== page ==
Three samplings of sea herring and one sampling of lake herring were studied. The genetic analysis showed a significant (P herring samplings and no. The esterase enzymes of the tissues of Atlantic herring (Clupea harengus harengus) were analyzed by starch gel electrophoresis.

Four sets of esterase bands were distinguished by their electrophoretic mobility, their relative activity with the two substrates, alpha‐naphthyl acetate and alpha‐naphthyl butyrate, and their relative concentrations in plasma, liver, and heart tissues. We conducted an analysis to determine if Pacific herring (Clupea harengus pallasi) stocks occurring in different localities in British Columbia waters could be separated using morphometric and meristic minant function analysis was applied to morphometric and meristic characters taken from food herring samples.

Identification of genetic changes that allow a species to adapt to different environmental conditions is an important topic in evolutionary biology. In this study we analyzed whole-genome resequencing data of Atlantic herring populations from both sides of the Atlantic Ocean and identified a number of loci that show consistent associations with spawning time (spring or autumn).

Images for morphometric analyses were taken using a Nikon Coolpix S camera mounted on a frame 50 cm above the processing table. Each fish was placed underneath the camera on a plastic grid. Fifteen landmarks were used on each fish, and 10 of the landmarks were marked by pins prior to photo documentation (Armstrong and Cadrin ).

The Atlantic herring (Clupea harengus), one of the most abundant marine fishes in the world, has historically been a critical food source in Northern Europe. It is one of the few marine species that can reproduce throughout the brackish salinity gradient of the Baltic Sea.

Previous studies based on few genetic markers have revealed a conspicuous lack of genetic differentiation between.

PDF | On Jan 1,M.P. Armstrong and others published Morphometric patterns within and among spawning aggregations of Atlantic herring (Clupea harengus) off the northeast United States | Find.

Atlantic herring are one of nearly herring species in the family Clupeidae. They grow quickly, up to 14 inches. They can live up to 15 years. They are able to reproduce when they reach age 4. Atlantic herring migrate in schools to areas where they feed, spawn, and spend the winter.

Atlantic herring is an excellent species for studying the genetic basis of adaptation in geographically distant populations because of its characteristically large population sizes and low genetic drift. In this study we compared whole-genome resequencing data of Atlantic herring populations from both sides of the Atlantic Ocean.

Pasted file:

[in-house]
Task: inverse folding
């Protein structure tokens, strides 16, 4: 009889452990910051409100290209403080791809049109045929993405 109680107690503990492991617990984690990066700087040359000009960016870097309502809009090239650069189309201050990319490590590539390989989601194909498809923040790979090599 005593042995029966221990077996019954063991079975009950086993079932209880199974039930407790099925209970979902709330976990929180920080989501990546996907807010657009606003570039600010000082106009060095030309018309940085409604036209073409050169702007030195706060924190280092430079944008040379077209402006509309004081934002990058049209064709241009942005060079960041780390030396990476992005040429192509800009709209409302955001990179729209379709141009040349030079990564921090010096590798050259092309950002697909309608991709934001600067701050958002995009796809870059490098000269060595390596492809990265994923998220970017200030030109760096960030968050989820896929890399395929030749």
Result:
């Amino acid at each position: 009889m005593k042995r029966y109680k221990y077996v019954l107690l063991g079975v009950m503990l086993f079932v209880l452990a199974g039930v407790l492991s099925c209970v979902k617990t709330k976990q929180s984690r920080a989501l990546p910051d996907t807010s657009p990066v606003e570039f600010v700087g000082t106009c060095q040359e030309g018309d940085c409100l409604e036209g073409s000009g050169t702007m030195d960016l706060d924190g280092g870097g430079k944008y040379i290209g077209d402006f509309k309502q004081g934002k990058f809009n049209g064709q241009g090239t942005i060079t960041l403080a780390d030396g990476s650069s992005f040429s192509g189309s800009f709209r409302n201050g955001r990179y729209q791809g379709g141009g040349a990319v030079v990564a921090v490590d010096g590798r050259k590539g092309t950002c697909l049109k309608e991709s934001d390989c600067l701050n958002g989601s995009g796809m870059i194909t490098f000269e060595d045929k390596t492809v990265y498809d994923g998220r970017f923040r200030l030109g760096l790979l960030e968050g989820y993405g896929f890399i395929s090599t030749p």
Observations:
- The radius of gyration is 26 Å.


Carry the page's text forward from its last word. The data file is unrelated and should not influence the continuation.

Genetic and morphological structure of tub gurnard Chelidonichthys lucerna populations in Turkish marine waters were investigated with mtDNA sequencing of 16S rRNA and morphological characters.C. lucerna samples were collected from the Black Sea, Marmara, Aegean and northeastern Mediterranean coasts of Turkey.

The lowest genetic diversity was found in the northeastern. Gillnet sampling and analyses of otolith shape, vertebral count and growth indicated the presence of three putative Atlantic herring (Clupea harengus L.) populations mixing together over the spawning season February–June inside and outside an inland brackish water lake (Landvikvannet) in southern spawning of oceanic Norwegian spring spawners and coastal Skagerrak spring.

Previous attempts to address this question with morphometric and meristic or genetic analyses have been unsuccessful Two opposing concepts of Atlantic herring, Clupea harengus L., population.

Morphometric Discrimination of Atlantic Herring off New England 3 Fundy, coastal waters of the Gulf of Maine, and Georges Bank including Nantucket Shoals (Figures 1 and 2). These three spawning groups that form the Gulf of Maine-Georges Bank Atlantic herring stock complex present a.

(b) Molecular analysis. A total of n= herring were screened with a suite of 9 microsatellite DNA loci (details available in electronic supplementary material).DNA extraction and PCR amplification procedures as well as information on population structure based on the collections of spawning herring are reported in Mariani et al.

() for the NS and in Bekkevold et al. The Atlantic herring (Clupea harengus), one of the most abundant marine fishes in the world, has historically been a critical food source in Northern is one of the few marine species that can reproduce throughout the brackish salinity gradient of the Baltic Sea.

Previous studies based on few genetic markers have revealed a conspicuous lack of genetic differentiation between. The Atlantic herring is one of the most common fish in the world and has been a crucial food resource in northern Europe.

One school of herring may comprise billions of fish, but previous studies had only revealed very few genetic differences in herring from different geographic regions. This was unexpected since Atlantic herring is one of the few marine species that can reproduce .